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The Most Disturbing But Real Techs of the Past Years

- By Nhx Tingson

Technology is more advanced than ever, and more techs are being produced that will break the world and change the way we see it. But, not everything is awe-inspiring. They're more like spooky and disturbing.
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UFO-themed Nevada brothel, Alien Cathouse is offering online interactive sex robots


A Nevada brothel that specializes in extraterrestrial fantasies has added futuristic elements to its line-up. Alien Cathouse is offering AI sex robots alongside its human 'Cosmic Kittens' for customers 'that have fetishes that courtesans might not be interested in'.
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Nasa reveals most terrifying planets

- By Harry Pettit

NASA has revealed the scariest planets in the universe in a hilarious video ahead of tomorrow's Halloween celebrations. Deadly worlds with storms of flying glass and surfaces hotter than the Sun feature in the clip, which has been mocked up to look like a 1950s-era B-movie horror trailer.
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China rolls out 5G telecom services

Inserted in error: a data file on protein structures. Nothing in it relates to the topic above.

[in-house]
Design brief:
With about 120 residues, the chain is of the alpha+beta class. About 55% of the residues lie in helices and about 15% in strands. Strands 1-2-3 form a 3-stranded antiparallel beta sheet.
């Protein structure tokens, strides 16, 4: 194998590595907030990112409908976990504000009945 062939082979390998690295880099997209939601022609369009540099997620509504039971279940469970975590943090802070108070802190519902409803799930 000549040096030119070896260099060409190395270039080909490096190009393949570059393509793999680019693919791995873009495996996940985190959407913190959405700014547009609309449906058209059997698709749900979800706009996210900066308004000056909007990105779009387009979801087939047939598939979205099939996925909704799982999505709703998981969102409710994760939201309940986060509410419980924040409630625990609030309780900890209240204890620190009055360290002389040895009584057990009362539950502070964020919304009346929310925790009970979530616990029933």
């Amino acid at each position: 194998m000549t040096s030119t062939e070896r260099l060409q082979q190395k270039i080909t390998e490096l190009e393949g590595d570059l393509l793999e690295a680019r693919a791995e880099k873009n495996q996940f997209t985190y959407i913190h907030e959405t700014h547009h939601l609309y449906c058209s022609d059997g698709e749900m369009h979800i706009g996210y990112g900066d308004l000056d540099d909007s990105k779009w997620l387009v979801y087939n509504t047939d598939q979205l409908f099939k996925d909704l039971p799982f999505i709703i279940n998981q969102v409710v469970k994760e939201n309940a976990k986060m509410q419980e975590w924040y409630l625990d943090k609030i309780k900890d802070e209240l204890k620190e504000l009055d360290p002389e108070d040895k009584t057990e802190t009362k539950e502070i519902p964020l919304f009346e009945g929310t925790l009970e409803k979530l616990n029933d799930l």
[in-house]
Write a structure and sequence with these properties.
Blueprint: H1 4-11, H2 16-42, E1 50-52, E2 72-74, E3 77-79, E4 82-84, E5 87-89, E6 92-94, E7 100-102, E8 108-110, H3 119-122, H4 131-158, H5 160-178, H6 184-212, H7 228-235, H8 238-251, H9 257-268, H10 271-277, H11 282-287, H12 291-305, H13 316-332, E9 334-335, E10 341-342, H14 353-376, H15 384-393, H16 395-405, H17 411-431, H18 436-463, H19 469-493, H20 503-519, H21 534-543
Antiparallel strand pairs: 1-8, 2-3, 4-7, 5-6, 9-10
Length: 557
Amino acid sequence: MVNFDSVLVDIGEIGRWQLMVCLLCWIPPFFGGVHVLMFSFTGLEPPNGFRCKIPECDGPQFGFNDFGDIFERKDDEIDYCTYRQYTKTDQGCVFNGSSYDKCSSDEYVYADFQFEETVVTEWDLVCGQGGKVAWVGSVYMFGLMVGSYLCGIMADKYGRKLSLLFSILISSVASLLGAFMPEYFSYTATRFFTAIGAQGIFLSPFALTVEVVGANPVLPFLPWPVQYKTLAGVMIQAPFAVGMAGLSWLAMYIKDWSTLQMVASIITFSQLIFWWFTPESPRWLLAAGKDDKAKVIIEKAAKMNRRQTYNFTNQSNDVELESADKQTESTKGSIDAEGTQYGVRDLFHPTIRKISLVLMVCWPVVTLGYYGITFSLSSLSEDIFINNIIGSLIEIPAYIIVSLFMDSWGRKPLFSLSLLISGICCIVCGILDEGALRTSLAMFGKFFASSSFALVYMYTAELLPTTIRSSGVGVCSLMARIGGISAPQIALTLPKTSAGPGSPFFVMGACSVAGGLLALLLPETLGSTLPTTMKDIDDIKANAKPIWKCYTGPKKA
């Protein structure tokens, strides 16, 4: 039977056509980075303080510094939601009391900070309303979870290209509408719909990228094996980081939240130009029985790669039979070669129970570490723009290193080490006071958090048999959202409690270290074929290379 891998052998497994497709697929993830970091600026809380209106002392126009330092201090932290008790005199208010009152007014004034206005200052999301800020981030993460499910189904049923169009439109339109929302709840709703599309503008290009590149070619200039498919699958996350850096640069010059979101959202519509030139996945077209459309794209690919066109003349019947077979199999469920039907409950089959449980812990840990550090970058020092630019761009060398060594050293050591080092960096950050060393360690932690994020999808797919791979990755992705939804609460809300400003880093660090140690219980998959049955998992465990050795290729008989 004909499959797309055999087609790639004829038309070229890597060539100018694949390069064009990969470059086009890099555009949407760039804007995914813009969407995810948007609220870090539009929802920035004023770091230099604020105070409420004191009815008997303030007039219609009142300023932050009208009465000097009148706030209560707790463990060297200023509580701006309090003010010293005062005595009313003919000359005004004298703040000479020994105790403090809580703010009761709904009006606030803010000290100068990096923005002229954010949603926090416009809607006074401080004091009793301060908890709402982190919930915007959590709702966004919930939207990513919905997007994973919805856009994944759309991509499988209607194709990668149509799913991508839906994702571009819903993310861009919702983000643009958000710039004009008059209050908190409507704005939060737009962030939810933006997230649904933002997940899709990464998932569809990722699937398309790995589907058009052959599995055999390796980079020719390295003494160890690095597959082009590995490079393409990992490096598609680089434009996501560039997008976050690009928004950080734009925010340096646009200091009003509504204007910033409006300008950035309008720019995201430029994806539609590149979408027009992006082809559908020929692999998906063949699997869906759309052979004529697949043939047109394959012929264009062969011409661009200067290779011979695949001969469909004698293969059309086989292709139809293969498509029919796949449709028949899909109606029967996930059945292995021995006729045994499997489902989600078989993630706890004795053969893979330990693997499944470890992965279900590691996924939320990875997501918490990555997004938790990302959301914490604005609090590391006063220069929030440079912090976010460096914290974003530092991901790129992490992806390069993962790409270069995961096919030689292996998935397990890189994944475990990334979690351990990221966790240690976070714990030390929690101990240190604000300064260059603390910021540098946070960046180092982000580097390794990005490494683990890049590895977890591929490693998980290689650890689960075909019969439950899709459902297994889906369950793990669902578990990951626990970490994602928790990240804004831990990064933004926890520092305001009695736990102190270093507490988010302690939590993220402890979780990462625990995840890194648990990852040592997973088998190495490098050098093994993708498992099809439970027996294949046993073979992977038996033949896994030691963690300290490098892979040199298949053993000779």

- By AP

China's three major state-run telecom operators have unveiled their 5G network, as the country aims at becoming the global leader in next generation telecom technology surpassing the US and other western nations.
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Russia enacts 'sovereign internet' law, free speech activists cry foul

- By reuters

A law known as the “sovereign internet” bill came into force on Friday in Russia, tightening state control over the global network, which free speech activists say will strengthen government oversight of the country’s cyberspace.
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Microsoft is testing a smartphone-based AI system for driving license tests in India